Branch and Meng in their article “Global Perspectives on Public Health and Aging” in Public Health for an Aging Society remind us that “Lack of preparation, inadequate public health and public policy development, and understaffed and undertrained medical care providers can have detrimental consequences in population health, as limited health care resources can be easily overwhelmed by the sustained increase in demand because more people are living longer with more chronic conditions.” (p.372-373)
How each of us lives during our youth will likely impact how we age. In many instances, we have the ability to prevent and/or delay debilitating chronic diseases. It is in everyone’s best interest to take action to protect the health of older adults.
CDC is at the forefront of promoting healthy aging across the U.S. Every state, jurisdiction, rural community, city, county, and neighborhood in our nation is impacted by an aging populace in one way or another. In the Call to Action in The State of Aging & Health in America 2013 report, CDC details population health strategies that public health and policymakers can implement to improve health outcomes for older adults.
How are you preparing to age with the best health possible? How might families and faith-based institutions, for example, advocate for a built environment that is older adult friendly? What are some initiatives of your state and local government to support the physical, mental, and social wellbeing of older adults?
4 comments on ““When did I get old?””
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Access to healthcare is the key here. The for-profit healthcare system we have makes it hard for people to afford even with the improvements we have had. So we need to change our cultural structure. Insurance companies, doctors, and drug companies all expect big money for people. They are poorly regulated so their costs are running rampant. Why should a ten minute visit with a doctor cost $450? Why is the cost of medical insurance bigger than my house payment? Why should the cost of insulin be $460 per month? These costs are way out of proportion. The dread of unexpected bills keeps people from getting needed preventive medical care. ACA has taken a good first step but it needs to be improved.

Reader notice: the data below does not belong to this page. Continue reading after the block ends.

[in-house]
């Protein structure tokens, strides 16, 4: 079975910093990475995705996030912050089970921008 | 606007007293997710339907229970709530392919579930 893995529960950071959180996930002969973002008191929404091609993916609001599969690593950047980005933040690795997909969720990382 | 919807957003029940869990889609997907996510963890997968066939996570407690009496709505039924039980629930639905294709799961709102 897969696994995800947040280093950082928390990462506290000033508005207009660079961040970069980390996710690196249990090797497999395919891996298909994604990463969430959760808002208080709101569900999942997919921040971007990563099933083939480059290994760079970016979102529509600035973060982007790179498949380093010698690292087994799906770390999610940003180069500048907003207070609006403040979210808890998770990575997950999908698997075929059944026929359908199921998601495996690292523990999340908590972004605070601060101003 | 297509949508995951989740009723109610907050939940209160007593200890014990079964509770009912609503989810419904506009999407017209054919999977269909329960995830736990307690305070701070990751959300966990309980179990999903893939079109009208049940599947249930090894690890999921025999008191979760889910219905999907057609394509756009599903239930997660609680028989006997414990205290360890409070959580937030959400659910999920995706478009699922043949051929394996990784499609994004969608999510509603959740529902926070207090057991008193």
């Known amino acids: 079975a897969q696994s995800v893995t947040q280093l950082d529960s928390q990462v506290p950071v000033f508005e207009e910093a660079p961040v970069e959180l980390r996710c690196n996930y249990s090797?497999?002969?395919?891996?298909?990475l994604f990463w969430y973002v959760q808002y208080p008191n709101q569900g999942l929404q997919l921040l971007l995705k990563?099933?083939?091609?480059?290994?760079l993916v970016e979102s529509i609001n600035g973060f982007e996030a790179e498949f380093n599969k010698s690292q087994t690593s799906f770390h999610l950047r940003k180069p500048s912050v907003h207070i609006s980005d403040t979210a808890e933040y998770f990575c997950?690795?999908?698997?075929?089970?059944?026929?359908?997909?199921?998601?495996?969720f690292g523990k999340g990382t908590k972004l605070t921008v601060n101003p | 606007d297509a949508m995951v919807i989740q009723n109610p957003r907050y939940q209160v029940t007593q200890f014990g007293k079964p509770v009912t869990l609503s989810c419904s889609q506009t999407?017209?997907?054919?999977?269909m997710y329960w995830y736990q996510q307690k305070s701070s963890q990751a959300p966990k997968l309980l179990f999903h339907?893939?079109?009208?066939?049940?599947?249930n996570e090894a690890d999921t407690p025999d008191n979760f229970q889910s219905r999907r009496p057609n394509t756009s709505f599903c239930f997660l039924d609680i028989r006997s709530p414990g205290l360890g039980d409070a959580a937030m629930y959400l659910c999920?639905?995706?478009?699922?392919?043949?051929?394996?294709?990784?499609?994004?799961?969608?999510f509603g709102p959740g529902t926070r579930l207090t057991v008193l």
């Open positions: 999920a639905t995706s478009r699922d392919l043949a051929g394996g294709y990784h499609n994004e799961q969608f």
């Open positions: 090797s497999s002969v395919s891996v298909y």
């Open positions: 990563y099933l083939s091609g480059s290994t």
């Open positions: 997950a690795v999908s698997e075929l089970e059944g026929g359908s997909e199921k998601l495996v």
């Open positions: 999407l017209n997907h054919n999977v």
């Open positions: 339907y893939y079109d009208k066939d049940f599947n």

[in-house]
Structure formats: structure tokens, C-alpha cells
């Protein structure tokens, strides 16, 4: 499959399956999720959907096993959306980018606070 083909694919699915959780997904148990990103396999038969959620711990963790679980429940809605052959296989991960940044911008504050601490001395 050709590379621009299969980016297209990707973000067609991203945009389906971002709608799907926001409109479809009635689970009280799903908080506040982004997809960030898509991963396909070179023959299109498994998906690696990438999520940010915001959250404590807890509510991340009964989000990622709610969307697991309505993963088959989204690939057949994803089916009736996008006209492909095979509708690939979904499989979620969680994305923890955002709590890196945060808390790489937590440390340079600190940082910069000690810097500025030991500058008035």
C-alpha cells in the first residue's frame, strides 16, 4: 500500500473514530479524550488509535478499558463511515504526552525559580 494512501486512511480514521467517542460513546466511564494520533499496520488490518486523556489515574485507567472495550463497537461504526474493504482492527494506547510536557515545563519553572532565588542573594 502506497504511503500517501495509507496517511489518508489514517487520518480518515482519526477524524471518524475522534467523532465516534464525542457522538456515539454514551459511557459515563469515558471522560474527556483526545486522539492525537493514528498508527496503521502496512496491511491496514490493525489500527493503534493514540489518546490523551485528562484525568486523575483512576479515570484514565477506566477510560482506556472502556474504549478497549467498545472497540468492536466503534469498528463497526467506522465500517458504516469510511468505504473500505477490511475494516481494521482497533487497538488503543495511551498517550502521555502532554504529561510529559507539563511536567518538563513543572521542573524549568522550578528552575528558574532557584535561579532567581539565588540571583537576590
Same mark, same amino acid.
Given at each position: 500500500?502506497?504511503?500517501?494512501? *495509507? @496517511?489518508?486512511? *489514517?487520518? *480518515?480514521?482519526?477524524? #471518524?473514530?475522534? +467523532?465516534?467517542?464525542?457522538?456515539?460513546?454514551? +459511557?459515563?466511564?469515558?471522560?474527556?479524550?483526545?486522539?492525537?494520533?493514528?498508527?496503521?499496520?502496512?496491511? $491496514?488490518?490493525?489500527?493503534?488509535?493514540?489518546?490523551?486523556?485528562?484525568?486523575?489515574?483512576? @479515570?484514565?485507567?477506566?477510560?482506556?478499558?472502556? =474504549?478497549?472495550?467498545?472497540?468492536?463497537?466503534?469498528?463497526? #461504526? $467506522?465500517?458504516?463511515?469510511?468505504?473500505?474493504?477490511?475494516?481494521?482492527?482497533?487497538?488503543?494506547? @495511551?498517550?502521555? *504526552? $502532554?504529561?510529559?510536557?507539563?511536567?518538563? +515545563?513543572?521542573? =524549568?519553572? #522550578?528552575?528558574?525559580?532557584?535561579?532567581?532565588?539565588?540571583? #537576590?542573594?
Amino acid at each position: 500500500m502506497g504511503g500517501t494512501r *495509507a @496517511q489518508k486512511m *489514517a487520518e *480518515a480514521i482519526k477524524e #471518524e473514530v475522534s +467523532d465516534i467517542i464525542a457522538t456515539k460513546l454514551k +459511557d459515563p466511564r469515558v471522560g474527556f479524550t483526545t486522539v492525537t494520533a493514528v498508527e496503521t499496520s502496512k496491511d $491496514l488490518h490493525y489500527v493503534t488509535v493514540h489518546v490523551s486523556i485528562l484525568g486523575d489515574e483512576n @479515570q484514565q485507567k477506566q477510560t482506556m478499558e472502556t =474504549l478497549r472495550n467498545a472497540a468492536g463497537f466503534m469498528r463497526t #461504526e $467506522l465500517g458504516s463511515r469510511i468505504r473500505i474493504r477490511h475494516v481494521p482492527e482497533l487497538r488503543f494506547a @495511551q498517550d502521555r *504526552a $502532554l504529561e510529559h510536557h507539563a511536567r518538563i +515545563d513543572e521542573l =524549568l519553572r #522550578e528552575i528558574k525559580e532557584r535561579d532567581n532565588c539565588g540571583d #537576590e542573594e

I recently came across your blog and have been reading along. I thought I would leave my first comment. I don’t know what to say except that I have enjoyed reading although it’s a sad story. Nice blog. I will keep visiting this blog very often.
It is an all too common story that does not usually even have this happy of an ending. I am not sure what lesson is meant to be learned by the story of Marian. Is it suggesting that people in New York City have shorter life spans than other parts of the country? Public transportation would be a positive aspect I would think as walking is good. Is the author suggesting that disparity existed in the care that she received at some point in her life due to her race, religion, age? If she completed rehab, why did she then decide to leave the city? If she was able to pack out her own apartment I can’t imagine that her resources would be about the same as they would have been had she worked a few more days. It is important for us all to understand that our health is a lifelong that we must not only cherish but also play an “active” role in. It is equally as important to understand that we cannot live forever. Many do not have the opportunity to ever dream of retiring so Marian must have been doing pretty well to have been in the situation she was in before the stroke. The other sad part of this story is that she was evidently willing to watch her children’s children but evidently wasn’t welcome to stay “down the hill.” A great article makes you think and this article accomplished that for me although I would have liked to know more about her story and more about why it was felt that it should be in this part of the website.
Health equity is key through out all aspects of life and leading into the years of the older adult. Scheduling timely health screenings and monitoring health can help prevent predisposed morbidities or borderline morbidities. seeking help from social services and community health centers can guide the older adult to resources that can screen and help with chronic diseases. Inquire at your nearest community health center on information for programs available for the older adult and to maintain high health equity.